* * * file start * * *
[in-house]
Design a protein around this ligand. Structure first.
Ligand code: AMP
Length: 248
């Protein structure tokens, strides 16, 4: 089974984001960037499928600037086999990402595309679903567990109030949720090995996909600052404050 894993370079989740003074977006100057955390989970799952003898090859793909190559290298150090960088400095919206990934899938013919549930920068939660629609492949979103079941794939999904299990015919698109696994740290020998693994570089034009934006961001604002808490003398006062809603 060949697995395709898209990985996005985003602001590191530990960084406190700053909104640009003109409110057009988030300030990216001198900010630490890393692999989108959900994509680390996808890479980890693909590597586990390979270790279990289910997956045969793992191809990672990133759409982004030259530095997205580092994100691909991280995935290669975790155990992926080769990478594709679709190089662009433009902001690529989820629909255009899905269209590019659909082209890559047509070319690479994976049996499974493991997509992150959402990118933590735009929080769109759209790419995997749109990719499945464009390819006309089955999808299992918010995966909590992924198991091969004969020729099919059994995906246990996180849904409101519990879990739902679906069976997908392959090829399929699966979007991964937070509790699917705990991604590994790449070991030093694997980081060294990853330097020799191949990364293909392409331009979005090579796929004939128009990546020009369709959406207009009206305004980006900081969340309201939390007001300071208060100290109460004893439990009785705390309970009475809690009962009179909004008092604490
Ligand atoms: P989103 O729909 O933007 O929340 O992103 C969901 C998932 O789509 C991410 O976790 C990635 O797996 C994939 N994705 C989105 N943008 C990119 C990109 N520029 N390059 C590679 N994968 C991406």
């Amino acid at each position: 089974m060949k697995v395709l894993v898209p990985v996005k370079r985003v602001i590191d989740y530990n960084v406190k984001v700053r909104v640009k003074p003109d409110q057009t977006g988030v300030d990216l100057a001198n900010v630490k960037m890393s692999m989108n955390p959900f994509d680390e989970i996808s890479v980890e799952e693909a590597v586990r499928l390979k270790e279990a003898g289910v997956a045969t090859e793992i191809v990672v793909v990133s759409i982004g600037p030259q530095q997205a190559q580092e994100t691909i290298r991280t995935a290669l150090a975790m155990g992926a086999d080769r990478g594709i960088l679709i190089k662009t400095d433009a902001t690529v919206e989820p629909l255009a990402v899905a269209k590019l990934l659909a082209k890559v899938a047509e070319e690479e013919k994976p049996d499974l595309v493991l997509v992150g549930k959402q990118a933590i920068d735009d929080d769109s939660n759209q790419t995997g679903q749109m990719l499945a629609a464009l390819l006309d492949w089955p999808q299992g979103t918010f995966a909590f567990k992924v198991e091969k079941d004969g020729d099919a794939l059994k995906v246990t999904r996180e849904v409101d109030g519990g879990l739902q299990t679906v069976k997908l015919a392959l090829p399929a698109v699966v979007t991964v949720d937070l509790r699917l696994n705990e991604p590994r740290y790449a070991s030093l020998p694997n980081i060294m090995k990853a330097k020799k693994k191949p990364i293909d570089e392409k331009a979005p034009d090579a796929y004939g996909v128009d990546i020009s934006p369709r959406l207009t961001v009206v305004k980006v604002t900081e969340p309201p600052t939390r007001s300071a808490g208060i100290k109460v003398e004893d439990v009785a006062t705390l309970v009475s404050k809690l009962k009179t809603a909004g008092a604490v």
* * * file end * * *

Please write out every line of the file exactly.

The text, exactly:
[in-house]
Design a protein around this ligand. Structure first.
Ligand code: AMP
Length: 248
């Protein structure tokens, strides 16, 4: 089974984001960037499928600037086999990402595309679903567990109030949720090995996909600052404050 894993370079989740003074977006100057955390989970799952003898090859793909190559290298150090960088400095919206990934899938013919549930920068939660629609492949979103079941794939999904299990015919698109696994740290020998693994570089034009934006961001604002808490003398006062809603 060949697995395709898209990985996005985003602001590191530990960084406190700053909104640009003109409110057009988030300030990216001198900010630490890393692999989108959900994509680390996808890479980890693909590597586990390979270790279990289910997956045969793992191809990672990133759409982004030259530095997205580092994100691909991280995935290669975790155990992926080769990478594709679709190089662009433009902001690529989820629909255009899905269209590019659909082209890559047509070319690479994976049996499974493991997509992150959402990118933590735009929080769109759209790419995997749109990719499945464009390819006309089955999808299992918010995966909590992924198991091969004969020729099919059994995906246990996180849904409101519990879990739902679906069976997908392959090829399929699966979007991964937070509790699917705990991604590994790449070991030093694997980081060294990853330097020799191949990364293909392409331009979005090579796929004939128009990546020009369709959406207009009206305004980006900081969340309201939390007001300071208060100290109460004893439990009785705390309970009475809690009962009179909004008092604490
Ligand atoms: P989103 O729909 O933007 O929340 O992103 C969901 C998932 O789509 C991410 O976790 C990635 O797996 C994939 N994705 C989105 N943008 C990119 C990109 N520029 N390059 C590679 N994968 C991406």
């Amino acid at each position: 089974m060949k697995v395709l894993v898209p990985v996005k370079r985003v602001i590191d989740y530990n960084v406190k984001v700053r909104v640009k003074p003109d409110q057009t977006g988030v300030d990216l100057a001198n900010v630490k960037m890393s692999m989108n955390p959900f994509d680390e989970i996808s890479v980890e799952e693909a590597v586990r499928l390979k270790e279990a003898g289910v997956a045969t090859e793992i191809v990672v793909v990133s759409i982004g600037p030259q530095q997205a190559q580092e994100t691909i290298r991280t995935a290669l150090a975790m155990g992926a086999d080769r990478g594709i960088l679709i190089k662009t400095d433009a902001t690529v919206e989820p629909l255009a990402v899905a269209k590019l990934l659909a082209k890559v899938a047509e070319e690479e013919k994976p049996d499974l595309v493991l997509v992150g549930k959402q990118a933590i920068d735009d929080d769109s939660n759209q790419t995997g679903q749109m990719l499945a629609a464009l390819l006309d492949w089955p999808q299992g979103t918010f995966a909590f567990k992924v198991e091969k079941d004969g020729d099919a794939l059994k995906v246990t999904r996180e849904v409101d109030g519990g879990l739902q299990t679906v069976k997908l015919a392959l090829p399929a698109v699966v979007t991964v949720d937070l509790r699917l696994n705990e991604p590994r740290y790449a070991s030093l020998p694997n980081i060294m090995k990853a330097k020799k693994k191949p990364i293909d570089e392409k331009a979005p034009d090579a796929y004939g996909v128009d990546i020009s934006p369709r959406l207009t961001v009206v305004k980006v604002t900081e969340p309201p600052t939390r007001s300071a808490g208060i100290k109460v003398e004893d439990v009785a006062t705390l309970v009475s404050k809690l009962k009179t809603a909004g008092a604490v």